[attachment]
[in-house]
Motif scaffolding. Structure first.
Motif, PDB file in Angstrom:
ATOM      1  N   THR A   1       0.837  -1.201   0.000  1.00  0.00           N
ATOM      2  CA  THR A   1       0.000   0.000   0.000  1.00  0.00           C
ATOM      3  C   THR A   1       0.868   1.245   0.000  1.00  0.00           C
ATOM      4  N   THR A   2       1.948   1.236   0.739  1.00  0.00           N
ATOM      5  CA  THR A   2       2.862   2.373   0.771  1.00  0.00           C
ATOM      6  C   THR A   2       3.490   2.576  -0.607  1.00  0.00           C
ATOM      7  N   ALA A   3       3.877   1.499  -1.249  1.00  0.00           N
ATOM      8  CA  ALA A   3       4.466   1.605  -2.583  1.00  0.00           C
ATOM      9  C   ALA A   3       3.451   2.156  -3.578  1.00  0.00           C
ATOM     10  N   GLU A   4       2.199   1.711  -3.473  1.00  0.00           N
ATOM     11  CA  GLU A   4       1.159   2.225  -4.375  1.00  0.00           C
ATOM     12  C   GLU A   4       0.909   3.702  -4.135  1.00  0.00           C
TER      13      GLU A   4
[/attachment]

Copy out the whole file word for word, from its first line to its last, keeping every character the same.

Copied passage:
[in-house]
Motif scaffolding. Structure first.
Motif, PDB file in Angstrom:
ATOM      1  N   THR A   1       0.837  -1.201   0.000  1.00  0.00           N
ATOM      2  CA  THR A   1       0.000   0.000   0.000  1.00  0.00           C
ATOM      3  C   THR A   1       0.868   1.245   0.000  1.00  0.00           C
ATOM      4  N   THR A   2       1.948   1.236   0.739  1.00  0.00           N
ATOM      5  CA  THR A   2       2.862   2.373   0.771  1.00  0.00           C
ATOM      6  C   THR A   2       3.490   2.576  -0.607  1.00  0.00           C
ATOM      7  N   ALA A   3       3.877   1.499  -1.249  1.00  0.00           N
ATOM      8  CA  ALA A   3       4.466   1.605  -2.583  1.00  0.00           C
ATOM      9  C   ALA A   3       3.451   2.156  -3.578  1.00  0.00           C
ATOM     10  N   GLU A   4       2.199   1.711  -3.473  1.00  0.00           N
ATOM     11  CA  GLU A   4       1.159   2.225  -4.375  1.00  0.00           C
ATOM     12  C   GLU A   4       0.909   3.702  -4.135  1.00  0.00           C
TER      13      GLU A   4